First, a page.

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Honouring our Ramadan Runners

Latest News   |  Apr. 25, 2023

The Sanlam Cape Town Marathon celebrates the rich diversity within our running community – as an Abbott World Marathon Majors candidate, the race and organisation team intends to honour the many cultures, customs, and traditions of our race participants. 

With 6 months to go until October’s race weekend, the countdown to the start line has officially begun; and mixed into the anticipatory “tick-tock” of the 2023-calendar-clock, is the nighttime thud of Ramadan runner’s strides against the darkened suburban pavements. Ramadan, a time of spiritual reflection and fasting for Muslims worldwide, poses a unique set of challenges for those who love to run. Fasting from dawn till dusk is a feat of discipline and devotion; but a practice that makes keeping up with fitness routines and running regimes extremely hard. 

However, for many Muslim runners, the urge to run remains consistent even during Ramadan; they gather at night after breaking fast and finishing their evening prayer to participate in their community runs. Cape Town-based ultra-runner, Ashraf Orrie has 12 years of running experience. He has tallied thousands of kilometres (averaging approximately 3,000 to 4,000 kms annually), and crossed many trail and road race finish lines. With 10 Sanlam Cape Town Marathon finishes to his name, he is running for his back-to-back medal this year, racing the 46 km trail event on Saturday and the road marathon on Sunday. He’s renowned for his ‘Mr. O bus,’ and is said to be the most entertaining pace-maker out there. Orrie, a running local legend, has consistently run and trained during Ramadan, and over the years, not only inspired others but created a community of Ramadan runners.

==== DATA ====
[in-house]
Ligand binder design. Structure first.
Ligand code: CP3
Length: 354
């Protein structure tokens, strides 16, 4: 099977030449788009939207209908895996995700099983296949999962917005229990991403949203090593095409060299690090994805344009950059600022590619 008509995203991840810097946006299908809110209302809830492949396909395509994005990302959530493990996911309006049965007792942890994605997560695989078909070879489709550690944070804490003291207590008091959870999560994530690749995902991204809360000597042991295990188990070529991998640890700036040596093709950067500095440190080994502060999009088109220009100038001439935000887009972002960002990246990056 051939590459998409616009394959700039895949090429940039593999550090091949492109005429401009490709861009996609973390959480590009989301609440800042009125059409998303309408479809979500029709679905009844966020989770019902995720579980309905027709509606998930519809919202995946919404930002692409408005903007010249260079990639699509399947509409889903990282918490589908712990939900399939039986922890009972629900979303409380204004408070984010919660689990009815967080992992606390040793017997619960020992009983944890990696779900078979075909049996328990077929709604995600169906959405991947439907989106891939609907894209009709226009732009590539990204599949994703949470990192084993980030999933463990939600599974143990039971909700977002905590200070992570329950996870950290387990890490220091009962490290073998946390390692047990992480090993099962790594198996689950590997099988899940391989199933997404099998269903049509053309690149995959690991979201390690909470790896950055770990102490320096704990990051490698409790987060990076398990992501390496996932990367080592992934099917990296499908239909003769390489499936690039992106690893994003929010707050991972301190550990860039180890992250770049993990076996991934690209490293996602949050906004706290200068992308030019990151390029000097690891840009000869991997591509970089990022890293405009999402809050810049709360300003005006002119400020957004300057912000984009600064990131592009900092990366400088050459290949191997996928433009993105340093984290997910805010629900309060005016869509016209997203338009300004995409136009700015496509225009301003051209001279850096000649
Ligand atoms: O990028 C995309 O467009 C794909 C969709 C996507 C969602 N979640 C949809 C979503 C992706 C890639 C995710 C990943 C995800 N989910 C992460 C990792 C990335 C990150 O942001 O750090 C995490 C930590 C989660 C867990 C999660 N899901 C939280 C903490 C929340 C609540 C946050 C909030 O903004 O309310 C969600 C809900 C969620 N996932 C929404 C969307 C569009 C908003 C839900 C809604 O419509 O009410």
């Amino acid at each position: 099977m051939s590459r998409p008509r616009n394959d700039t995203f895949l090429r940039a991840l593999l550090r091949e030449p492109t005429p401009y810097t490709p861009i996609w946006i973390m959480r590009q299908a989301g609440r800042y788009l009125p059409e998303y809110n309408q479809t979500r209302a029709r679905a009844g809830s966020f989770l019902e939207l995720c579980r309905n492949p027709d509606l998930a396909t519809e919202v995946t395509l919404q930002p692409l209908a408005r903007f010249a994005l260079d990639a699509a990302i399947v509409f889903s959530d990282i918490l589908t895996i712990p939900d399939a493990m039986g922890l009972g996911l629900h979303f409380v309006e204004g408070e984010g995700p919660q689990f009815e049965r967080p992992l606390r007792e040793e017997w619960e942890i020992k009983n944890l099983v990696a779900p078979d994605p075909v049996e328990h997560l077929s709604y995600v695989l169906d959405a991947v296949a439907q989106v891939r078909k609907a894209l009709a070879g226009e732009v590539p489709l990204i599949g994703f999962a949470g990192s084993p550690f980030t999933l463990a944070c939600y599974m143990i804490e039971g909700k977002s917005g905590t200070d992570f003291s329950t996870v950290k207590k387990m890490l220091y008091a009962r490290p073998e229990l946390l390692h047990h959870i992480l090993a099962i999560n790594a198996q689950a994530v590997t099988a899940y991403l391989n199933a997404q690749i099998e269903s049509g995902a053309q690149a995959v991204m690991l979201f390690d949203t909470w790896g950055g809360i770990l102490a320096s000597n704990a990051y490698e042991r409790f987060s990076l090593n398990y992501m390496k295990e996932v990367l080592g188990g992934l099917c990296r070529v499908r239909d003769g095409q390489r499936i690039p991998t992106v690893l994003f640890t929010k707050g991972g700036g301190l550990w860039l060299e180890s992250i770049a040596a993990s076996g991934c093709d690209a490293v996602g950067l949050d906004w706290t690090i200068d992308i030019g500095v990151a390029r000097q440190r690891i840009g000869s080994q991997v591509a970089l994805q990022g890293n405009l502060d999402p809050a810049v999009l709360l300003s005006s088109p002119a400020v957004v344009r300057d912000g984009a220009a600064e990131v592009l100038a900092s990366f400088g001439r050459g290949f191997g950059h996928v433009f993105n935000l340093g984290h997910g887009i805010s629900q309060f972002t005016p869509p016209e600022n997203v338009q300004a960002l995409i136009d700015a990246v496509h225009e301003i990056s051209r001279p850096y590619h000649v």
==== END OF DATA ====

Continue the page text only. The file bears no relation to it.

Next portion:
The Sanlam Cape Town Marathon team was invited to one of Orrie’s Ramadan training sessions. This nighttime community run revealed a shared sense of purpose and togetherness that keeps runners going mile after mile. After breaking their daytime fast, this group of brothers and sisters snack on dates and sip on falooda – a traditional pink-coloured drink made with rose water and basil seeds – to rehydrate before coming together in their shared love for running and devotion to their faith. Between the buzz of watches and the sound of footsteps pounding pavement, runners chatted about upcoming races, both road and trail. They spoke about their build-up for Comrades (~89 km race), several longer distance trail events, and their end-of-year goal, the Sanlam Cape Town Marathon.

During the holy month of Ramadan, Muslim runners’ head torches cut through the inky blackness and quietness of the city streets. The scene of this nighttime group of runners elicits a palpable sense of camaraderie and offers a poetic and inspiring way to stay true to both passion and faith. The Sanlam Cape Town Marathon honours the dedication of Muslim runners across the globe, who continue to run while fasting. The organisers eagerly anticipate the upcoming October race and look forward to welcoming runners from all over. 

Disclaimer: The Sanlam Cape Town Marathon is religious-neutral and apolitical. 

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